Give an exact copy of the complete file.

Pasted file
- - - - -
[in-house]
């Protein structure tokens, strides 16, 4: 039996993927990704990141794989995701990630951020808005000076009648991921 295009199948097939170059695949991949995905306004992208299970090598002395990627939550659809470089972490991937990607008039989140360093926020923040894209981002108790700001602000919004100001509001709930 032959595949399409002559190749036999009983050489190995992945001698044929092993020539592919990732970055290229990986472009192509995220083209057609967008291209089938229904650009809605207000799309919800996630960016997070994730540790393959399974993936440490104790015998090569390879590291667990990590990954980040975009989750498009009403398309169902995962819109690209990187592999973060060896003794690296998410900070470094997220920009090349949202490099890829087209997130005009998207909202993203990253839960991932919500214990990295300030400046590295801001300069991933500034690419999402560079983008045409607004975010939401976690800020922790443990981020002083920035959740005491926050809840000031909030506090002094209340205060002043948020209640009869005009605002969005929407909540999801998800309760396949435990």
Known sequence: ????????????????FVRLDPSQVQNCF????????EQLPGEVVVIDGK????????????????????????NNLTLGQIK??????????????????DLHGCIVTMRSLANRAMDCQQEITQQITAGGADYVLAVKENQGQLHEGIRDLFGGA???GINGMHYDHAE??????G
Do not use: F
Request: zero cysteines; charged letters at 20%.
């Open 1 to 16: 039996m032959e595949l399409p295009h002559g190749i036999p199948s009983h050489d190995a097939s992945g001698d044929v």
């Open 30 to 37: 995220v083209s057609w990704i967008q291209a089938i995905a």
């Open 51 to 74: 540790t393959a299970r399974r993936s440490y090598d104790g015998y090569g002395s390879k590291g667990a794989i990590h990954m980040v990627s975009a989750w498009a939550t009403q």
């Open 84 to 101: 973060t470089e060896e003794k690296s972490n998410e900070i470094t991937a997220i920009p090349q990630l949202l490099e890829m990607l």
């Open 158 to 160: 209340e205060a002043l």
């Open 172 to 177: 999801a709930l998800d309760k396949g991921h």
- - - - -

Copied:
[in-house]
């Protein structure tokens, strides 16, 4: 039996993927990704990141794989995701990630951020808005000076009648991921 295009199948097939170059695949991949995905306004992208299970090598002395990627939550659809470089972490991937990607008039989140360093926020923040894209981002108790700001602000919004100001509001709930 032959595949399409002559190749036999009983050489190995992945001698044929092993020539592919990732970055290229990986472009192509995220083209057609967008291209089938229904650009809605207000799309919800996630960016997070994730540790393959399974993936440490104790015998090569390879590291667990990590990954980040975009989750498009009403398309169902995962819109690209990187592999973060060896003794690296998410900070470094997220920009090349949202490099890829087209997130005009998207909202993203990253839960991932919500214990990295300030400046590295801001300069991933500034690419999402560079983008045409607004975010939401976690800020922790443990981020002083920035959740005491926050809840000031909030506090002094209340205060002043948020209640009869005009605002969005929407909540999801998800309760396949435990």
Known sequence: ????????????????FVRLDPSQVQNCF????????EQLPGEVVVIDGK????????????????????????NNLTLGQIK??????????????????DLHGCIVTMRSLANRAMDCQQEITQQITAGGADYVLAVKENQGQLHEGIRDLFGGA???GINGMHYDHAE??????G
Do not use: F
Request: zero cysteines; charged letters at 20%.
């Open 1 to 16: 039996m032959e595949l399409p295009h002559g190749i036999p199948s009983h050489d190995a097939s992945g001698d044929v």
């Open 30 to 37: 995220v083209s057609w990704i967008q291209a089938i995905a």
């Open 51 to 74: 540790t393959a299970r399974r993936s440490y090598d104790g015998y090569g002395s390879k590291g667990a794989i990590h990954m980040v990627s975009a989750w498009a939550t009403q």
């Open 84 to 101: 973060t470089e060896e003794k690296s972490n998410e900070i470094t991937a997220i920009p090349q990630l949202l490099e890829m990607l």
């Open 158 to 160: 209340e205060a002043l």
């Open 172 to 177: 999801a709930l998800d309760k396949g991921h």